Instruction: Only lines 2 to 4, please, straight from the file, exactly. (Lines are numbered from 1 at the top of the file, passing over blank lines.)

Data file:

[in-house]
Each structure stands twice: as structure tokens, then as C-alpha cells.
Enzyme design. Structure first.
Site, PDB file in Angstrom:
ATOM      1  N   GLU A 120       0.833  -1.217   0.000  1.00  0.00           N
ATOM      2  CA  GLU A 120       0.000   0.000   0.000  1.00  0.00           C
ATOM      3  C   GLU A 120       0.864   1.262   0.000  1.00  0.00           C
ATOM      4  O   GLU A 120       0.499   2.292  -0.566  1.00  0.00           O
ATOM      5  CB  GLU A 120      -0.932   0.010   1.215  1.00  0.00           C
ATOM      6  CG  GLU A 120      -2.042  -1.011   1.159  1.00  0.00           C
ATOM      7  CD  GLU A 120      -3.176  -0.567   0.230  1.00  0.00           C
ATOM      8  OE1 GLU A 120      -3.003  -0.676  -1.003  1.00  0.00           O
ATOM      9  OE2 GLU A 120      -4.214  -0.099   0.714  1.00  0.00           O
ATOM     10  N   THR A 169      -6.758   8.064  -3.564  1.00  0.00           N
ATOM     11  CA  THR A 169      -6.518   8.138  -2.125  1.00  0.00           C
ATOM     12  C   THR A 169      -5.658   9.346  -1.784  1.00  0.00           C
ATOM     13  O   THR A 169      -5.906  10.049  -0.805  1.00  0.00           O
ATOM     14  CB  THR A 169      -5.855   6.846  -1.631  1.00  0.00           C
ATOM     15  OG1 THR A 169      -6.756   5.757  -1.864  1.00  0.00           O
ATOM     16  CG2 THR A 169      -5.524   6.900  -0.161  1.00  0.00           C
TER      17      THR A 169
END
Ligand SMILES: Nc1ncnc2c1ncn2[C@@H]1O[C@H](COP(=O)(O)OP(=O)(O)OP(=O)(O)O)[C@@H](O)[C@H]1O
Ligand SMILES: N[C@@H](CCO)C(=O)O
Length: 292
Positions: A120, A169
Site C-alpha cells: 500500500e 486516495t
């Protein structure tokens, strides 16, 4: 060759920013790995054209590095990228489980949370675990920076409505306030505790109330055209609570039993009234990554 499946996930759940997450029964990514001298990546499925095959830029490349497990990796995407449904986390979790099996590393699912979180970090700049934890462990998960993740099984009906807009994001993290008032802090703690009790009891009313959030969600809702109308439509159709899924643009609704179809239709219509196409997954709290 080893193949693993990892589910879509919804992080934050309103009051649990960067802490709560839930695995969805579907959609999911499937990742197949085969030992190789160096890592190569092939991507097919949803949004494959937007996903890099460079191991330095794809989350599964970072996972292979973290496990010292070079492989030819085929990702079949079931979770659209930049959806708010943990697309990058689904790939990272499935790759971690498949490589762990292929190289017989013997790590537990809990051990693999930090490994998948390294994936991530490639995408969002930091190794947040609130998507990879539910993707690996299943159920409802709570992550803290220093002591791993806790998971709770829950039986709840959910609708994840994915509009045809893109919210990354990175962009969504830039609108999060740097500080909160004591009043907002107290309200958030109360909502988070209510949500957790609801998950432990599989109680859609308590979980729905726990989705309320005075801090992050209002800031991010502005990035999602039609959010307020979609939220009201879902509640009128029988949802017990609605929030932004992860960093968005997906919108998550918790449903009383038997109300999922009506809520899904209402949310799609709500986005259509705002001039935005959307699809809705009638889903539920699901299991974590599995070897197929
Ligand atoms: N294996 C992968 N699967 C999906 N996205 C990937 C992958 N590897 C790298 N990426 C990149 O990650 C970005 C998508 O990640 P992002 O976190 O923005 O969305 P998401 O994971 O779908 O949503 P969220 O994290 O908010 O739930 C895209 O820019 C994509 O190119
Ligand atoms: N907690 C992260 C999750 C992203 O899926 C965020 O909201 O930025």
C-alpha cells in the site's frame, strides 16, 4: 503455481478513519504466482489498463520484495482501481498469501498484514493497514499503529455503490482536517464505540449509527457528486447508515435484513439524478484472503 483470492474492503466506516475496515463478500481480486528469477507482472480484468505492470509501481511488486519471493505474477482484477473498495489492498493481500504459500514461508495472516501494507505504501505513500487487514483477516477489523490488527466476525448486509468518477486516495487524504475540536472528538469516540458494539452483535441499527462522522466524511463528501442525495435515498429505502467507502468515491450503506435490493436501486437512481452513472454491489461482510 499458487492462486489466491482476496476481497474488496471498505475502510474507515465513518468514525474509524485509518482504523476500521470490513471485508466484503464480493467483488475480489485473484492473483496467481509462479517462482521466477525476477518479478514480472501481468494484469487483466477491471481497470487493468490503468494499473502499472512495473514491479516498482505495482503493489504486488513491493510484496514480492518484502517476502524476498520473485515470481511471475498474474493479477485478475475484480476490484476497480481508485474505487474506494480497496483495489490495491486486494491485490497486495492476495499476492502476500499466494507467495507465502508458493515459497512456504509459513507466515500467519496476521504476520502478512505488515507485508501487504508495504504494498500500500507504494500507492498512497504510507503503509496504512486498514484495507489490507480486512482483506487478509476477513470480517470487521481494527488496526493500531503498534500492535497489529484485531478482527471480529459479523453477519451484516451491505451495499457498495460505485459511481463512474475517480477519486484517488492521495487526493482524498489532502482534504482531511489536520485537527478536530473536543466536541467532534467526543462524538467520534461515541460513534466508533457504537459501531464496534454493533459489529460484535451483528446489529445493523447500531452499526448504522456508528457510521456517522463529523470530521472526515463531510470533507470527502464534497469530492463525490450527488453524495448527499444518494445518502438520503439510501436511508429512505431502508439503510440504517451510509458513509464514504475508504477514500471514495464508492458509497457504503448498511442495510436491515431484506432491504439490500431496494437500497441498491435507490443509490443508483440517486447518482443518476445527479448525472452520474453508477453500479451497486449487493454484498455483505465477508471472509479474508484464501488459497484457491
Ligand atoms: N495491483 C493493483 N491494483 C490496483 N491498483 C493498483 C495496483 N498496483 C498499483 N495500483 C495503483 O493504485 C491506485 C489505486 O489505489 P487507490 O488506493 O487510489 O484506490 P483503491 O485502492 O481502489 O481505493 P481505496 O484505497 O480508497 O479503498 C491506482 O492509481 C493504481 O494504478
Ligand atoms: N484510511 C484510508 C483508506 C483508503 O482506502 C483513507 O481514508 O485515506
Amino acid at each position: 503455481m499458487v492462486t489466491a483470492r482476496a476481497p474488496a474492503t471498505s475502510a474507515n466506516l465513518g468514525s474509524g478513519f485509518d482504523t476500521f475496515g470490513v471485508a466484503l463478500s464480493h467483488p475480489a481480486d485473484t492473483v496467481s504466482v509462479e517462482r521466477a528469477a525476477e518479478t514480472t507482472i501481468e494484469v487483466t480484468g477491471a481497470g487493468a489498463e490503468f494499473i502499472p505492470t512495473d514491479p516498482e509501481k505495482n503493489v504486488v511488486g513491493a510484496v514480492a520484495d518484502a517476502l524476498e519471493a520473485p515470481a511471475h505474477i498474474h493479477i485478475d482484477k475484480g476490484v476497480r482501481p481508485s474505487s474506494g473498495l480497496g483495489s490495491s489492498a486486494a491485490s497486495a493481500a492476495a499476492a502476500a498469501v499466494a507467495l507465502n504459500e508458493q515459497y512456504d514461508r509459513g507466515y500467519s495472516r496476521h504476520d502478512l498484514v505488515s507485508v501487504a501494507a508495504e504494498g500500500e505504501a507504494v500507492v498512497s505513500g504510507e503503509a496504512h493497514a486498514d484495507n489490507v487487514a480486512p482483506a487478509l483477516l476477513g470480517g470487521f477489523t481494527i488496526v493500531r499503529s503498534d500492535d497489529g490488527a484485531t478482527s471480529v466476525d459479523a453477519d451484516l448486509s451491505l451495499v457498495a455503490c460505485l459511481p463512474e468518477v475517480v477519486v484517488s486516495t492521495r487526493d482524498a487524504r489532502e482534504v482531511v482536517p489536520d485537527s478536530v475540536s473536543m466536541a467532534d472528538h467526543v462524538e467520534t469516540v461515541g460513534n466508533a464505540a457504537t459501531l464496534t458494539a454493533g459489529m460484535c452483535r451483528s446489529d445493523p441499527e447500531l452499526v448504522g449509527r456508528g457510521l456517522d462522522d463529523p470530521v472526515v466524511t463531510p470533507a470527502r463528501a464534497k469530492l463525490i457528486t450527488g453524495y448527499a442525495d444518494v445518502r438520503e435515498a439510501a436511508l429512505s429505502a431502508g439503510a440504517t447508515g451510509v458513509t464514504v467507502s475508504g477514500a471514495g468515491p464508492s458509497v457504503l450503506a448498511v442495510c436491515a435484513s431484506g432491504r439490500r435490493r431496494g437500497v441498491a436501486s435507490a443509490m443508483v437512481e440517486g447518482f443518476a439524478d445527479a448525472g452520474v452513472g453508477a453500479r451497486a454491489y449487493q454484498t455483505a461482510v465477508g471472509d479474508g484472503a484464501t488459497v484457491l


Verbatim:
Each structure stands twice: as structure tokens, then as C-alpha cells.
Enzyme design. Structure first.
Site, PDB file in Angstrom: